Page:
Comedian Louie Anderson: How to Draw Your Life in Animation
Co-sponsors: Toonseum, The Labs @CLP
October 22, 2013 | 4 p.m. | Carnegie Lecture Hall, Oakland
Louie Anderson, of the Emmy-award winning animated series “Life with Louie,” led the discussion: “How to Draw Your Life in Animation,” joined by series creator Matthew O’Callaghan and Pittsburgh’s own Joe Wos, Executive Director of the Toonseum. For more about Louie’s journey interview on Pittsburgh Today Live.
Orange Is The New Black Writer Lauren Morelli
Co-sponsor: University of Pittsburgh
October 15, 2013 | 7 p.m. | University of Pittsburgh
Writer and Pittsburgh native, Lauren Morelli, of the critically acclaimed show “Orange Is the New Black,” kicked off the Steeltown Spotlight Series. For more about how Lauren went from growing up on Pittsburgh’s North Hills to writing one of television’s hottest shows, read this article in the Pittsburgh Post-Gazette and watch Lauren’s interview on Pittsburgh Today Live.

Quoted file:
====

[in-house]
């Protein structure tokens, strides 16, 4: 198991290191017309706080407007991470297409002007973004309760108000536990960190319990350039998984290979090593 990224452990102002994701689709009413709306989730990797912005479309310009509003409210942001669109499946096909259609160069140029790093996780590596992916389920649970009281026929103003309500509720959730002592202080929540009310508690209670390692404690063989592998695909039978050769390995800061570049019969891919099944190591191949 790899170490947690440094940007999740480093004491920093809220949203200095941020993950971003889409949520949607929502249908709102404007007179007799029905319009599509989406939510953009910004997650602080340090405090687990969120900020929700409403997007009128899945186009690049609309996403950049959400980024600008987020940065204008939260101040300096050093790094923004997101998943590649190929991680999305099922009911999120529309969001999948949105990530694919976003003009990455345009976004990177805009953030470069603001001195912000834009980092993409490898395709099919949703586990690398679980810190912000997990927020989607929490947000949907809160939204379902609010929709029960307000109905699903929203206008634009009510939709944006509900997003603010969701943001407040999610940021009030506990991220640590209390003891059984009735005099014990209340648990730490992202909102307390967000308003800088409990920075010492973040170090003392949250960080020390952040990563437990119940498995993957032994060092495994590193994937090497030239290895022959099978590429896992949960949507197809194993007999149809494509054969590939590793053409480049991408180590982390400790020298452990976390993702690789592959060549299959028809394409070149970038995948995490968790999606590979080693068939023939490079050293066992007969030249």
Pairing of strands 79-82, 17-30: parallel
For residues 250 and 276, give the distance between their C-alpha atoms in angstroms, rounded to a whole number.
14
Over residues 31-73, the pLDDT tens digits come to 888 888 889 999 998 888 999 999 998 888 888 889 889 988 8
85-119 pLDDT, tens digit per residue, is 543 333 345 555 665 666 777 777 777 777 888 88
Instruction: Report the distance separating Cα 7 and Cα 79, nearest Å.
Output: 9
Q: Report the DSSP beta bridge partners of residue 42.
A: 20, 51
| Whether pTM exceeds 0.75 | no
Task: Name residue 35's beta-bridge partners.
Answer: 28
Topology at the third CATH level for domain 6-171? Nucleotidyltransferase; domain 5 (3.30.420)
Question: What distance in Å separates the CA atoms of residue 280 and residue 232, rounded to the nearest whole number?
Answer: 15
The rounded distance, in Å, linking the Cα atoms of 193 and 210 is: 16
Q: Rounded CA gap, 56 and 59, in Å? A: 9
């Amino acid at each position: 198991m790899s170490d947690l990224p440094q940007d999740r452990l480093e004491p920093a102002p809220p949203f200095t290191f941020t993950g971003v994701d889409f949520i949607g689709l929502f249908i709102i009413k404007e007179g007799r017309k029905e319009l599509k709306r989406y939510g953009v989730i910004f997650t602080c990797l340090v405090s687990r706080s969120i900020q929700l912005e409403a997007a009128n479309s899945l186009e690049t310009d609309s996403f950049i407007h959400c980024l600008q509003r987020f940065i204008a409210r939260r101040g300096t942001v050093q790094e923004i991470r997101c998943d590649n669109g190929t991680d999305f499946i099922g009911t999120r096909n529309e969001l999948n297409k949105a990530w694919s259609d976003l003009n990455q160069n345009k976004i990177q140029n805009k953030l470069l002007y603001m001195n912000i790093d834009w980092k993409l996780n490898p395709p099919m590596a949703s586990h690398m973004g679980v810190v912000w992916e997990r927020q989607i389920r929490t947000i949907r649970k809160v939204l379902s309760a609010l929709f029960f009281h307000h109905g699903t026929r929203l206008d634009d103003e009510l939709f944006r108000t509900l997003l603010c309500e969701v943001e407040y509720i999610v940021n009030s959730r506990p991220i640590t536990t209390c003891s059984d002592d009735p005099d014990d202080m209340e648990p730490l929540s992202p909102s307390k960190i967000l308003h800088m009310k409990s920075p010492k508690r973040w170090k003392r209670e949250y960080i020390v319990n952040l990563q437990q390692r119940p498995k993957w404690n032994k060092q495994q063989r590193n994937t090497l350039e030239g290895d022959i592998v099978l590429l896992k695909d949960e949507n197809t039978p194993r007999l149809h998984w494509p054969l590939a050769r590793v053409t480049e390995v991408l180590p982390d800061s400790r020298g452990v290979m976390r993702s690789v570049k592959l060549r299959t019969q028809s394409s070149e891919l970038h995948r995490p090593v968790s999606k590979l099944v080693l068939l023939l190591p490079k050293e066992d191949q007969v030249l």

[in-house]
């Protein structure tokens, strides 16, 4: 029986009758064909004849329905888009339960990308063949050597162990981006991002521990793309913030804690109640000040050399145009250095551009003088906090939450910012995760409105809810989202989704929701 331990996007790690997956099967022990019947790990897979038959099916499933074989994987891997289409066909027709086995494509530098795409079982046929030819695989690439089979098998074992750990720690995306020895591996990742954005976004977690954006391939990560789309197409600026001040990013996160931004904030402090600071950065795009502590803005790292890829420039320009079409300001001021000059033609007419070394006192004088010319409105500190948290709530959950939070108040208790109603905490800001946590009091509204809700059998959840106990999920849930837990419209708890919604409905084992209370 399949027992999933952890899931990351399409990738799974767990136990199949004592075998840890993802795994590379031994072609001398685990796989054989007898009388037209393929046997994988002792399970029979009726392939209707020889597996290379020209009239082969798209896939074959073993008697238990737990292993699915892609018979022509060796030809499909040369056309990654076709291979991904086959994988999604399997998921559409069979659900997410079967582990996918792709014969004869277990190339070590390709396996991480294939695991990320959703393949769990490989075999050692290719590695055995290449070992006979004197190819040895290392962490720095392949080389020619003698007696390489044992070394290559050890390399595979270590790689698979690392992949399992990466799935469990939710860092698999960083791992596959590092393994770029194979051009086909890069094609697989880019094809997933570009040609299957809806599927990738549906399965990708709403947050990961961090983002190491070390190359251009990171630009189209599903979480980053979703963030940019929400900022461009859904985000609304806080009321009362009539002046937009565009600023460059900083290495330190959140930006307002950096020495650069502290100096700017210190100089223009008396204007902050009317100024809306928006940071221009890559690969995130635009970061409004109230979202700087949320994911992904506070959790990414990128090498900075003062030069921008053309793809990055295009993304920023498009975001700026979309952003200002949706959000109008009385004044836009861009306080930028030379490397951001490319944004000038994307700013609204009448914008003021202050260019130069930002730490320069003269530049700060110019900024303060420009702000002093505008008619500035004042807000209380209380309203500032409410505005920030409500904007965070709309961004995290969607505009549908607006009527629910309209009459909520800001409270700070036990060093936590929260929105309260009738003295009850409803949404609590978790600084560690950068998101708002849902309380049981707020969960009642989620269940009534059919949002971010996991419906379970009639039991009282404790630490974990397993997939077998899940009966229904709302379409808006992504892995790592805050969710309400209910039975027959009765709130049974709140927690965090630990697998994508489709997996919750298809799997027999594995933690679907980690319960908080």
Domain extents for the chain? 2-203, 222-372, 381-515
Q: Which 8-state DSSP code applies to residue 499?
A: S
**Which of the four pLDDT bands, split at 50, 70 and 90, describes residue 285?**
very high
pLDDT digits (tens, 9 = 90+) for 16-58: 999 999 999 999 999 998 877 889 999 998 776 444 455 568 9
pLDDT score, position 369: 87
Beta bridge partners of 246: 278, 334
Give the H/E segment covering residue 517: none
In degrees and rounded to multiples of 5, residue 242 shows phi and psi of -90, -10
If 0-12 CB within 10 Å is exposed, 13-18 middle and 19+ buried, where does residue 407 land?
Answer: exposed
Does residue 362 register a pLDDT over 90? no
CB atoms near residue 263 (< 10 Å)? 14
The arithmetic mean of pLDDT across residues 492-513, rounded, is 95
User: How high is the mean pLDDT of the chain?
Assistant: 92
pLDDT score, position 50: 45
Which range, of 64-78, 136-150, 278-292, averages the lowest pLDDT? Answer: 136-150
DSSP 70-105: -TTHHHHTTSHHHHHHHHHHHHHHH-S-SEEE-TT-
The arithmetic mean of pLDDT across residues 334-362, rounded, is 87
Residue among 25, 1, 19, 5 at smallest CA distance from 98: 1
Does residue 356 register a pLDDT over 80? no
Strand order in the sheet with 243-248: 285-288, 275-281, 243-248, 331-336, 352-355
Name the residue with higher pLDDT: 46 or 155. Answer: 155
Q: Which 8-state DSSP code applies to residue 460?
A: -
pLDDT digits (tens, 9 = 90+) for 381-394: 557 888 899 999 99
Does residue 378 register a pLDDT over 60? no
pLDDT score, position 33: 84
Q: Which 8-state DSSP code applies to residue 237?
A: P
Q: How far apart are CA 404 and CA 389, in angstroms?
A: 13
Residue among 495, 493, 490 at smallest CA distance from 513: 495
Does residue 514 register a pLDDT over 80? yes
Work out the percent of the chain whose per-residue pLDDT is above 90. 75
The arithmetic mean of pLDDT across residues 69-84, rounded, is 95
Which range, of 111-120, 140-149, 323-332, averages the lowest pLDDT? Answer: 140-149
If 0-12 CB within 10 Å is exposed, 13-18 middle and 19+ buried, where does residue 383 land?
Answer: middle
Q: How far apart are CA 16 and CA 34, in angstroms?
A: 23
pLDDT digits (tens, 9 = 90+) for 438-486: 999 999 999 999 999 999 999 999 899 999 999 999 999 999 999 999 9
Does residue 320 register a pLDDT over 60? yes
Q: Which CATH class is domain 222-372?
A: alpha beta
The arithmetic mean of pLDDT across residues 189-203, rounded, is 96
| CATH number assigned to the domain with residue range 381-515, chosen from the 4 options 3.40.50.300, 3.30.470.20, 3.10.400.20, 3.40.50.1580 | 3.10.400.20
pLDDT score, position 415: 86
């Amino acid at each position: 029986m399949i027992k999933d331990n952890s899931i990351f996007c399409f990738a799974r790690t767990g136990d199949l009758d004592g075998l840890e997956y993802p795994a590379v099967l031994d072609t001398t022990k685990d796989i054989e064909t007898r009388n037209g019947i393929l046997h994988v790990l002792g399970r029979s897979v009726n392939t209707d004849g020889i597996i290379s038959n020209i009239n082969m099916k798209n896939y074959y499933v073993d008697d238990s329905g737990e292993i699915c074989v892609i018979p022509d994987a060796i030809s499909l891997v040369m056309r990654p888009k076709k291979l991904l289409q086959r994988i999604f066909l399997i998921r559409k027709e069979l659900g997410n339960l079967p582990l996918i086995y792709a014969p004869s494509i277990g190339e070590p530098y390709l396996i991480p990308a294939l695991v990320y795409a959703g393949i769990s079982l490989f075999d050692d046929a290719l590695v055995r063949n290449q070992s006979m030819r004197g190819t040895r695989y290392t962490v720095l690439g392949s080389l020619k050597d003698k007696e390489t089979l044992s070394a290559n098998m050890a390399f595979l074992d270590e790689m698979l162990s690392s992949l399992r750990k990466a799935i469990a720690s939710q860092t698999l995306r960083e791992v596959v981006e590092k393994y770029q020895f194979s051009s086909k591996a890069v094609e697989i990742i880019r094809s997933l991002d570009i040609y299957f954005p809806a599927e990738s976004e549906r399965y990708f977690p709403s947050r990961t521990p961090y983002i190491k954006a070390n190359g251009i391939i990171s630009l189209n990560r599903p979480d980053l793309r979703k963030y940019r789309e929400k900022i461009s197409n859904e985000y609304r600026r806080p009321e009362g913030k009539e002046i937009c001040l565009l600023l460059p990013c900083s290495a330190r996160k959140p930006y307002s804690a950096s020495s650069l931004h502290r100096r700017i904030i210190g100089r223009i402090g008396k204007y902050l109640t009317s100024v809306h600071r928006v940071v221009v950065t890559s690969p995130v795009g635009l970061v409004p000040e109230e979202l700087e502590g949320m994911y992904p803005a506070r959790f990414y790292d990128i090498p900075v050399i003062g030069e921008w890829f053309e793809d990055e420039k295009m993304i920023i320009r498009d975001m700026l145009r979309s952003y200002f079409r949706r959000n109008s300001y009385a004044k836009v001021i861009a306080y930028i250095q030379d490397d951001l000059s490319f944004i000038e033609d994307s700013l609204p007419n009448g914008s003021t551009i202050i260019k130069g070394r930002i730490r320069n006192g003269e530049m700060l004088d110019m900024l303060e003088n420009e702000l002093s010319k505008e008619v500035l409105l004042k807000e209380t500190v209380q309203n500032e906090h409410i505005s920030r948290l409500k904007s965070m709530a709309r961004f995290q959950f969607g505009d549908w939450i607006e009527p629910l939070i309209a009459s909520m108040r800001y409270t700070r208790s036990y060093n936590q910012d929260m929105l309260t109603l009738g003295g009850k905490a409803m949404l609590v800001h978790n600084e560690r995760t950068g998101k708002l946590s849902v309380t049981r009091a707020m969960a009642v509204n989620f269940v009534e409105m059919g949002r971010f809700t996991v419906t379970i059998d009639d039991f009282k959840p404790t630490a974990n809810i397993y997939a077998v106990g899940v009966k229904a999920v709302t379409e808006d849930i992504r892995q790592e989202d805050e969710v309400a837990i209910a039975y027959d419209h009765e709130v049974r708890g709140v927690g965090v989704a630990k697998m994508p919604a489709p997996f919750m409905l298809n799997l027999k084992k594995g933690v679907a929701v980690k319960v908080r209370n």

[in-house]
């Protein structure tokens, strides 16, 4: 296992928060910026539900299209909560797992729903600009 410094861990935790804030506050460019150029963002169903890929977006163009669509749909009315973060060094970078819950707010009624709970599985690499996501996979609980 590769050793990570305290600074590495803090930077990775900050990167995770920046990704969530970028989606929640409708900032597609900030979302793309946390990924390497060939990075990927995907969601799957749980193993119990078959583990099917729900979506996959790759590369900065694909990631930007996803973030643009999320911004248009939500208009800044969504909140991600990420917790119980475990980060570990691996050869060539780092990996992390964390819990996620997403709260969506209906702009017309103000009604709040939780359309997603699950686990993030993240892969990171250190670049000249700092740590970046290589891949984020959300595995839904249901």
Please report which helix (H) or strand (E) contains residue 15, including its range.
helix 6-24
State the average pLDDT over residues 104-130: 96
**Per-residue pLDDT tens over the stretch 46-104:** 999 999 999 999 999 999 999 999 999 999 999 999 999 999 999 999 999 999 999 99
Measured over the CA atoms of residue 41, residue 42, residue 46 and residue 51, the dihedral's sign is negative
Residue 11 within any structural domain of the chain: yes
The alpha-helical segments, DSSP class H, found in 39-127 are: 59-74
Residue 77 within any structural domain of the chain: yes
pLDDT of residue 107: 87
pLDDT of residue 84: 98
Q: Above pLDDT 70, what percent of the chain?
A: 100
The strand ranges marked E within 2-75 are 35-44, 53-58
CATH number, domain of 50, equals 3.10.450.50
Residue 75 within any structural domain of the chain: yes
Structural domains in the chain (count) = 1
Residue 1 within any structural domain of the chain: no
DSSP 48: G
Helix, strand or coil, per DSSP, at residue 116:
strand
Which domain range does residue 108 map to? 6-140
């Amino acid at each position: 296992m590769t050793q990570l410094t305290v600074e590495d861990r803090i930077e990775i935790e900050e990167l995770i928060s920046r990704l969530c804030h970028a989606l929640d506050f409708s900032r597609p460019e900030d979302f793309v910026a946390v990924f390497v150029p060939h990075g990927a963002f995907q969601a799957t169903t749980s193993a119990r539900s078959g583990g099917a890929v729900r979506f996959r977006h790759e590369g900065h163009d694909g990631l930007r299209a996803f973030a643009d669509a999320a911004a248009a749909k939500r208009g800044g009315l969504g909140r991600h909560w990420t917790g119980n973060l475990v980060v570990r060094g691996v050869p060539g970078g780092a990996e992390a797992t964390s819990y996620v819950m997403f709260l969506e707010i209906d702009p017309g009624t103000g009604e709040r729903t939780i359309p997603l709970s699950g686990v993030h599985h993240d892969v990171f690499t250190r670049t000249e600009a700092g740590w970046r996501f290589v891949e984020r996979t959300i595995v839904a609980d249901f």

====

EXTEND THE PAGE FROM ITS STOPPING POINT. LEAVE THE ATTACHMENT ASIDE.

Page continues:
Saturday Night Live director Don Roy King
Four time Emmy Award-winning Saturday Night Live director Don Roy King joined us the evening of February 5, 2014 to discuss his journey from growing up in Pittsburgh to becoming one of the most versatile and experienced directors in television. The event was held at the University of Pittsburgh Frick Fine Arts Building.
King has directed 7 seasons of SNL, earning him 3 Prime Time Emmys. In addition, he has won an Emmy directing The Mike Douglas Show, and has also directed ABC’s Good Morning America, CBS’s The Early Show, Survivor, The Howard Stern Show, and the Olympics, among many others.
King is also the creative director for Broadway Worldwide, a venture that brings theatrical events to theaters and pay-per-view cable. The company has produced four major productions, all directed by King, including the 2010 Tony-winning musical Memphis, which earned a 2011 Emmy for Technical Direction.